ANPP Safety Issues: Specialists Discussing

ANPP Safety Issues: Specialists Discussing


The matters of Armenian Nuclear Power Plant safety were discussed at EcoLur Press Club. Energy case experts Emil Sahakyan, Eduard Arzumanyan, Chemist Hakob Sanasaryan  - Chairman of Greens Union of Armenia and Lawyer Nazeli Vardanyan.

The society raises questions about the re-equipment of the second power unit, as well as the destiny of the first power unit which has been stopped for 29 years.

ANPP First Power Unit: Source of Large Risks

This power unit hasn't been operated since 1989. According to the specialists, the power unit getting out of service may become a large source of generation of radioactive wastes with high activity. 'These radioactive wastes – liquid, solid and used fuel should be eliminated,' Expert Eduard Arzumanyan said.

Emil Sahakyan noted that a large area and much money is needed for dismantling the power unit. All the processes will last around 50 years.

The area, systems and equipment of the ANPP first unit, which can be used for the further development, will be used for the operation of the second power unit.

Re-equipment Risks of ANPP Second Power Unit

The operation of the ANPP second power unit was expired in 2016, but the Armenian Government reached a decision to extend the lifetime of the second power unit for 10 years receiving a loan of US $ 270 million and a grant of US $ 30 million from Russia.

The experts claimed that the re-equipment of the ANPP second power unit doesn't solve the problem of ANPP safety. Expert Emil Sahakyan outlined the risk of metal weariness, 'The operation of the rehabilitated nuclear power plant and the operation of the new nuclear power plant are different things. During the operation, under the impact of radiation, metals changes its structure and gets weaker. It's not possible to check all the metals from A to Z. We have a problem: when the nuclear power plant is put into service, what kind of guarantees there are, who is in charge of safety, how many years it will operate and under what conditions?

Under Emil Sahakyan,  the Government of Armenia should think of closing down the ANPP within next 10 years. 'Armenia is not the most successful place for the nuclear power plant, as it's an object of super-high risks. If there is a risk, then there is a probability, if there is a probability, something will happen, and we will get lost, both the nation and the state,' Emil Sahakyan noted.

'It's senseless to construct a new nuclear power plant in this zone of Armenia, while the lifetime extension of the reactor is senseless: the probability of an accident gets higher,' Chemist Hakob Sanasaryan said.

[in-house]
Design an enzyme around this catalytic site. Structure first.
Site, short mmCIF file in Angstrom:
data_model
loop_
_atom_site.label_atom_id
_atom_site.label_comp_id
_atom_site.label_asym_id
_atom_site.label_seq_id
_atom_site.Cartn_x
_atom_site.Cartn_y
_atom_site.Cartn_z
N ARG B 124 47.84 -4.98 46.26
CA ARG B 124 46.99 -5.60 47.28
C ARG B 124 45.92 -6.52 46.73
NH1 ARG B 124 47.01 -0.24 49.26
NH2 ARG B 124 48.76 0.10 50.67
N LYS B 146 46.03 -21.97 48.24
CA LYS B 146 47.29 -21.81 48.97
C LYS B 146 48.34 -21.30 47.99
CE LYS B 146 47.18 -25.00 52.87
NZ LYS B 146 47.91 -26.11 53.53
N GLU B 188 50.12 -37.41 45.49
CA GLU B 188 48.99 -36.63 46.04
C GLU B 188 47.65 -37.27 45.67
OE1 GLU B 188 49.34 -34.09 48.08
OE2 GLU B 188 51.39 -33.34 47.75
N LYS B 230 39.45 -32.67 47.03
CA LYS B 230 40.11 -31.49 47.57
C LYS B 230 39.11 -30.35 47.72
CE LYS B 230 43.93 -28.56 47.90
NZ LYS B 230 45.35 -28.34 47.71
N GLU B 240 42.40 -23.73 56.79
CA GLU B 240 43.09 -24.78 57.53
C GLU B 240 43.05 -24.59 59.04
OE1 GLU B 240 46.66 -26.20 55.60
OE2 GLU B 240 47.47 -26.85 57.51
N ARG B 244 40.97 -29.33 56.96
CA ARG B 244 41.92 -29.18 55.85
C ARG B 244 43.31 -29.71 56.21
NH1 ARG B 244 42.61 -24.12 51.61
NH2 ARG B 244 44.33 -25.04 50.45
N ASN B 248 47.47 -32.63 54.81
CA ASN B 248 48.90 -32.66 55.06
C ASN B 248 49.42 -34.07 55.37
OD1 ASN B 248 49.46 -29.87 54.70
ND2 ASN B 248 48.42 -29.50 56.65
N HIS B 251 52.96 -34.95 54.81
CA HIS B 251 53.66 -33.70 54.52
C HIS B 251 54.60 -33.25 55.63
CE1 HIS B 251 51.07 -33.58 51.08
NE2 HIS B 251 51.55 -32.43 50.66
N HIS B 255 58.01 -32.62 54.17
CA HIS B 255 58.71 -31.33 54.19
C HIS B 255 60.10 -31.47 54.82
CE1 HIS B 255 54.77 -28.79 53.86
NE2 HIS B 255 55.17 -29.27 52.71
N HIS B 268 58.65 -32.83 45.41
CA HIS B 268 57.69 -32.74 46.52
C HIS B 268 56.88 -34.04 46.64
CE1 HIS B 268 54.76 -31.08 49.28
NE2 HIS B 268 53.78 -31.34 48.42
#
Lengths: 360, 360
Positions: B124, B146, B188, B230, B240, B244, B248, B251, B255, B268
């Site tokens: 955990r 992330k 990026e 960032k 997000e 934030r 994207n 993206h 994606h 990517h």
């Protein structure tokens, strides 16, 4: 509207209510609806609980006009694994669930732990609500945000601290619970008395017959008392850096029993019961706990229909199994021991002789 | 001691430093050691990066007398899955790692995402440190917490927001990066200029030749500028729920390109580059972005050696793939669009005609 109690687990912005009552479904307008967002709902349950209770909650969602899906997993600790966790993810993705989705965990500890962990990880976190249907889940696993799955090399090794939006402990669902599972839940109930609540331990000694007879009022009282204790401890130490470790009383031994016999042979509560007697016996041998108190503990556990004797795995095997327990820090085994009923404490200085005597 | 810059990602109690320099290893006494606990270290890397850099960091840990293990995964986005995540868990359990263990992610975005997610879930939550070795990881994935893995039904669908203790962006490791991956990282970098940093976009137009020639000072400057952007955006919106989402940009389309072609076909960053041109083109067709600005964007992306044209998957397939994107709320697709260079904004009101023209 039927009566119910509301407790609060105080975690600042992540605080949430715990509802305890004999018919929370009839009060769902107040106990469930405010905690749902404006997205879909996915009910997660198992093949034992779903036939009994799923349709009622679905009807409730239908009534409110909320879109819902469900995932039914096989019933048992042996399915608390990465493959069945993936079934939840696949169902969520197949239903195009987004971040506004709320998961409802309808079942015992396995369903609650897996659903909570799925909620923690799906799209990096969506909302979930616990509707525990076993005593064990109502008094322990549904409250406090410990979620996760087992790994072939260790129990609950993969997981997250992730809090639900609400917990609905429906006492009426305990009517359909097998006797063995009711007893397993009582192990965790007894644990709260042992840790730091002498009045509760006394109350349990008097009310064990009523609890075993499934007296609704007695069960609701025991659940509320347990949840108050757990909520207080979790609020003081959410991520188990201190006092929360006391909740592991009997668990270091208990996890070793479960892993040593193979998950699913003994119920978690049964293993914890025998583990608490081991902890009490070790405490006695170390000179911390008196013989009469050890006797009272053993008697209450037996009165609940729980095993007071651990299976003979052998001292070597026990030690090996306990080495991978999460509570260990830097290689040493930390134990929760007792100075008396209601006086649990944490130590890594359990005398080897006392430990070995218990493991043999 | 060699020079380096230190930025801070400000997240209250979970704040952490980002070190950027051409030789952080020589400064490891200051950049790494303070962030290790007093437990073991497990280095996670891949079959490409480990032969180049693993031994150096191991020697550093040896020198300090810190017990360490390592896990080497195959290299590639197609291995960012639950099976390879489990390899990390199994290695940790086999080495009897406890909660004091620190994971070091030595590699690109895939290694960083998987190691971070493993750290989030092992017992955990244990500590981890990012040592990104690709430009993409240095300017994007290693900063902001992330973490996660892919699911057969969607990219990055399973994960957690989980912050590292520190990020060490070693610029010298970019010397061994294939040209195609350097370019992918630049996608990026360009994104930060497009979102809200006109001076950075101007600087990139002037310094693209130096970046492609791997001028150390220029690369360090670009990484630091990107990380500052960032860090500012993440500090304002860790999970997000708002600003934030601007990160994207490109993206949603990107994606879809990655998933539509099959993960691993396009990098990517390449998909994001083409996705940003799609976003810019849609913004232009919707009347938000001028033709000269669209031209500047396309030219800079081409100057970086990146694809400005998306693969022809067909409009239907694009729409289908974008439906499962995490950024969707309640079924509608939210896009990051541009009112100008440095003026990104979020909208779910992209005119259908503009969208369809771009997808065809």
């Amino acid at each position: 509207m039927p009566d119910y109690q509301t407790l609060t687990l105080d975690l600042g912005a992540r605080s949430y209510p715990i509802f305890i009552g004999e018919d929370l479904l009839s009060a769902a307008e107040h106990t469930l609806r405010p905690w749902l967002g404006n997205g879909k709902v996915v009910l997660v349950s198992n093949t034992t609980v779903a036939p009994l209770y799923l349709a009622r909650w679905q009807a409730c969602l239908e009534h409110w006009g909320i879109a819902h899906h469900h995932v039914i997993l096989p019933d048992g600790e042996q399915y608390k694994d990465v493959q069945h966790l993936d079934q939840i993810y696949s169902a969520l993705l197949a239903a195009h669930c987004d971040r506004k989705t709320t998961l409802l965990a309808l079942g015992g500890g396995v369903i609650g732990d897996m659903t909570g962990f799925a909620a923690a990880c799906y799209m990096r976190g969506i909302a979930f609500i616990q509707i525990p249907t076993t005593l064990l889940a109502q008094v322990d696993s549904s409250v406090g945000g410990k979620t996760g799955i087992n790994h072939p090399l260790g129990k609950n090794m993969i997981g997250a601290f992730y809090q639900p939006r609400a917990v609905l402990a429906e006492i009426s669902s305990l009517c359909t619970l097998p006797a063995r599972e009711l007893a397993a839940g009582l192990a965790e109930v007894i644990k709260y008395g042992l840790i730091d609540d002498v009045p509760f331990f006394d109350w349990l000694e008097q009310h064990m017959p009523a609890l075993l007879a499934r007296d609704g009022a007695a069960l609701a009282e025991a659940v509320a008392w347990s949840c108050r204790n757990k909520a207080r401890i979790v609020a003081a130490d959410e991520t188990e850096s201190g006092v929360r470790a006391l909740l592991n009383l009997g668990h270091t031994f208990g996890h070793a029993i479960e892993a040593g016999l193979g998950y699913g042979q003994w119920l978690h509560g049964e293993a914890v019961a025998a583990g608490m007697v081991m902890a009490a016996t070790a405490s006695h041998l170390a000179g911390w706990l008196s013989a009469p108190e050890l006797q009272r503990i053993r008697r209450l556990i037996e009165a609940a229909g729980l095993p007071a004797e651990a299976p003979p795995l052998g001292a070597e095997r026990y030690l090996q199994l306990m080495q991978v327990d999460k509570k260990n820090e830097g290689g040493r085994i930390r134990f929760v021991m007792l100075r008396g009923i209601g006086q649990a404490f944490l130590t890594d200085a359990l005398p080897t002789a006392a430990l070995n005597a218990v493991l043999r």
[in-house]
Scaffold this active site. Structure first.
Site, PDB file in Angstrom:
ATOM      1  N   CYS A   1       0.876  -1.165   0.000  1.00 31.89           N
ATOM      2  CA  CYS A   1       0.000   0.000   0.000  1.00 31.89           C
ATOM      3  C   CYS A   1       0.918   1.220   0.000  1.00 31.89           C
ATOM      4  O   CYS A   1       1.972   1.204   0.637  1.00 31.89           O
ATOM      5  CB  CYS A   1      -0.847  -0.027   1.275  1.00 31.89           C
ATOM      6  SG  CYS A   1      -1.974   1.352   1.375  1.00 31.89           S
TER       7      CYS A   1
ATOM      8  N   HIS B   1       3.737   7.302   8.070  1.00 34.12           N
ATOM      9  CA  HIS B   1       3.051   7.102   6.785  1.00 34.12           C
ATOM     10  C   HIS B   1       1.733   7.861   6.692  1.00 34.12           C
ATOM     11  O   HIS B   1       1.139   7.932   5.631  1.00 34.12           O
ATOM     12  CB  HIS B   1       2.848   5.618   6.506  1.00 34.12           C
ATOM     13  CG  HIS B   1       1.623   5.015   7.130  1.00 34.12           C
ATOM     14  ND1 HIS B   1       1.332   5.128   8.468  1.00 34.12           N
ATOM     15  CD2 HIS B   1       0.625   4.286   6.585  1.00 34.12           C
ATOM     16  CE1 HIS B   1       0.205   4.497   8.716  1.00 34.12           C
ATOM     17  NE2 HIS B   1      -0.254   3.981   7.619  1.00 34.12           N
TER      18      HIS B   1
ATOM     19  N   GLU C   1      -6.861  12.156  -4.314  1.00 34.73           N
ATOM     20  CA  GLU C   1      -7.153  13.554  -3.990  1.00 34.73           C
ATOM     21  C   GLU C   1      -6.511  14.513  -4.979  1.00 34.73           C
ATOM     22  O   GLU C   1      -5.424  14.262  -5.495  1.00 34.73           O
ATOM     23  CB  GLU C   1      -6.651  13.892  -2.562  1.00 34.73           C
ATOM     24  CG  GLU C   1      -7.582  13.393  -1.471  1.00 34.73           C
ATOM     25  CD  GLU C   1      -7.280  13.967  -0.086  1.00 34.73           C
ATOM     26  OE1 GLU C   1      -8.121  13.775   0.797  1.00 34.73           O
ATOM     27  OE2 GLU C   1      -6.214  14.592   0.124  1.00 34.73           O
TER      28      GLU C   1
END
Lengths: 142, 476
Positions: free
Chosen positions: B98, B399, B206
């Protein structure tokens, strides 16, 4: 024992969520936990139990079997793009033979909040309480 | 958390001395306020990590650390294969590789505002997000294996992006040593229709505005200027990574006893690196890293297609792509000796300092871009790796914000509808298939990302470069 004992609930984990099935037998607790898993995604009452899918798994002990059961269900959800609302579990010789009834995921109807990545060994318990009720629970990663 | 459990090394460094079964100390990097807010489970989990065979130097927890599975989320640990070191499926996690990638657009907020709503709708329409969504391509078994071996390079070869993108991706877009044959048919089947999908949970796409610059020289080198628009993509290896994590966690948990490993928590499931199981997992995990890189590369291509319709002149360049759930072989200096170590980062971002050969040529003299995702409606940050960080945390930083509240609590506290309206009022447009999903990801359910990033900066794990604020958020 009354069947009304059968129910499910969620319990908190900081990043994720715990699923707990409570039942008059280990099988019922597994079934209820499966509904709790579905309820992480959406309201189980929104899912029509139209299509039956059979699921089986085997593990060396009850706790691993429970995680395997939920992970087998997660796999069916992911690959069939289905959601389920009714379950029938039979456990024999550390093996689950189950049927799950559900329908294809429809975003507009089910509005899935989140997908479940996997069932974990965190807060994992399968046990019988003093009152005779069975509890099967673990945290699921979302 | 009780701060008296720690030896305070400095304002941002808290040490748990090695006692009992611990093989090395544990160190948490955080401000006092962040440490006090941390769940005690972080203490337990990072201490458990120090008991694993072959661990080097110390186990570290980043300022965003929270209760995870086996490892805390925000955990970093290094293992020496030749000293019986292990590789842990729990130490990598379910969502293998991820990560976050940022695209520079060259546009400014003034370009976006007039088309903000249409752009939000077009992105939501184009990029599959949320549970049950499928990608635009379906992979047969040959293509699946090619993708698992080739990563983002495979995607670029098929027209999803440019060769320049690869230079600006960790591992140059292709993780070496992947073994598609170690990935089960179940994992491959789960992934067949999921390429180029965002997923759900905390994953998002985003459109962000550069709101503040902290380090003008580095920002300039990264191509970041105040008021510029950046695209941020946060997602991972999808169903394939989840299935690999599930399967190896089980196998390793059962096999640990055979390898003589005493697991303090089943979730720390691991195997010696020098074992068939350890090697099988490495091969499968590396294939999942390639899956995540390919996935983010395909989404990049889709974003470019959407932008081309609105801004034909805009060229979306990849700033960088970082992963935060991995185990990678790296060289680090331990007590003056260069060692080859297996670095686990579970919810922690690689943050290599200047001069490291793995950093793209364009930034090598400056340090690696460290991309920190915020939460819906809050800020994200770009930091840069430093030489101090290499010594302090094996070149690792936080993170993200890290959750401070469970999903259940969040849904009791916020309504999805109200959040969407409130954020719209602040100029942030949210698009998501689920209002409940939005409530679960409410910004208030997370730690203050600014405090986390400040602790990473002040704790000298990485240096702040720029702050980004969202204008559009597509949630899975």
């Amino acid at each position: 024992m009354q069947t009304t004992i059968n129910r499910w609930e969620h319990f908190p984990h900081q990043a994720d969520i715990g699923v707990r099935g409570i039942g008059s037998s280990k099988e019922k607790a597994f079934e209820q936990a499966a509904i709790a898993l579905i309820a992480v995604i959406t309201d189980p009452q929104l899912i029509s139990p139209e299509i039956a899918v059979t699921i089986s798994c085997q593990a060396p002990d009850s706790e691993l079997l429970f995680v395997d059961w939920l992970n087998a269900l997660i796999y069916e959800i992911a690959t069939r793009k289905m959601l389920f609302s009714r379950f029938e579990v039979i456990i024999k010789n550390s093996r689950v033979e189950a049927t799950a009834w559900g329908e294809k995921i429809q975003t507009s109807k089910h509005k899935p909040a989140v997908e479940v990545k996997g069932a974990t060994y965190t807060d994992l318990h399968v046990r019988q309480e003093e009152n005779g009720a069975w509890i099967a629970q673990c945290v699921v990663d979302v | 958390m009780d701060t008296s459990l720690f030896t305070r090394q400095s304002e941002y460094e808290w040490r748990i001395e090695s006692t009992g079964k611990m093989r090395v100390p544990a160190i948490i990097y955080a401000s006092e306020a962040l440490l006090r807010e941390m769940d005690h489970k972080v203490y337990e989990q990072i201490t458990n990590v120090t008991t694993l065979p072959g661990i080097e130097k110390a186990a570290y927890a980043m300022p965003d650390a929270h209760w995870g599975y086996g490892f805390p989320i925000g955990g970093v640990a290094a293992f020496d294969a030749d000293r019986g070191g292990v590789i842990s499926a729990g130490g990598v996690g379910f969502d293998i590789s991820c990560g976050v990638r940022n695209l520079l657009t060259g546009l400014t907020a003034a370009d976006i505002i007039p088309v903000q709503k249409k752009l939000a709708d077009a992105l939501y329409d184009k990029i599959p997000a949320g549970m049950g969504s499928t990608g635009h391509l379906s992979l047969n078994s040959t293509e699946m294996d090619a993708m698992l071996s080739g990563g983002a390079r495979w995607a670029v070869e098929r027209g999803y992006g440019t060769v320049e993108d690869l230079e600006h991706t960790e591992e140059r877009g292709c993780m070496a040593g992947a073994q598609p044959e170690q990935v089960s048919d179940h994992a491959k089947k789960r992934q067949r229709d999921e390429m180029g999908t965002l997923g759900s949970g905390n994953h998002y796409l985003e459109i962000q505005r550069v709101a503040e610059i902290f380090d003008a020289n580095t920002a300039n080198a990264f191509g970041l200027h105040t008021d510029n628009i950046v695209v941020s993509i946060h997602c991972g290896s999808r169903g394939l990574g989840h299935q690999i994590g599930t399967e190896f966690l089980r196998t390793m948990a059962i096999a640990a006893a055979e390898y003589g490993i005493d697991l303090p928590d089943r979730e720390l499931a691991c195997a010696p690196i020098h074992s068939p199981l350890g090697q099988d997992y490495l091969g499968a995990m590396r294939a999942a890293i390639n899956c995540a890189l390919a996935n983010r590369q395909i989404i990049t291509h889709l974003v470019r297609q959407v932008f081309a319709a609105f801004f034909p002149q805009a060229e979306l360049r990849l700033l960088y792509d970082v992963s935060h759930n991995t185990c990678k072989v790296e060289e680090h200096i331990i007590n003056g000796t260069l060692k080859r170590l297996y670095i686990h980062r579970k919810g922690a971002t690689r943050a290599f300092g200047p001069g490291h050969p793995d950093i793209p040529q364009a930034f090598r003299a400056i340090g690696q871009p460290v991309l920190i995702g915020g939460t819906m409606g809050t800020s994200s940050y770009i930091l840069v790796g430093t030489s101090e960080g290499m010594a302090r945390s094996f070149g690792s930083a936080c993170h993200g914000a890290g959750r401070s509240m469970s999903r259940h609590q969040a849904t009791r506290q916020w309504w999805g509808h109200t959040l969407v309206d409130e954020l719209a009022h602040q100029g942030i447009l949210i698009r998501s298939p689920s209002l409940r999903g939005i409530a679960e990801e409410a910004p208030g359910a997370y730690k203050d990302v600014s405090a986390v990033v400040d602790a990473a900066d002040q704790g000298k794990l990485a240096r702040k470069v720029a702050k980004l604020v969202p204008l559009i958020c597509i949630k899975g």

'We shouldn't think of a new nuclear power unit for the development of energy in Armenia,' Eduard Arzumanyan expressed his opinion.

ANPP Emissions – Within Standards?

At the official level, it is stated that the ANPP emissions are within the standards and even are much lower than the maximum permissible standards. Under Emil Sahakyan, there is no information about the real emissions. 'The spot in the nuclear power plant must meet certain requirements. The meteorological spots of the ANPP don't comply with the requirements that must be in the spots of the nuclear power plant,' Emil Sahakyan said. Hakob Sanasaryan noted that an ongoing monitoring must be carried out both inside and outside the nuclear power plant.

Water Let out of ANPP as Additional Risks

'The nuclear power plant has liquid emissions, certain amounts of water are generated in the course of different sorts of equipment. According to their data, this water is dissolved with the clean water so as to have concentration lowered and when it lowers to the permissible level, it is let out into the Sevjur River and can be used for irrigation. I haven't myself eye witnessed any supervision. It can be considered as a risk. It should be measured whether or not such water is subject to be let out,' Emil Sahakyan said.

Impacted Community Residents in Risk Zone

'People, who are living next to the nuclear power plant, should be insured and provided with free-of-charge electricity. They must be informed about the risks and learn how to protect themselves. There is must be air and water monitoring and the diameter is not 10 km but a larger one. I know that the sewage goes and flows into Ararat fields. The MES must be given clear instructions that they have technical means, each step must be developed and work must be done with everybody. If we know there is a risk, we should envisage all preventative measures to acquire all the technical means now,' Nazeli Vardanyan said.

July 24, 2018 at 13:18

Related news


show more
show less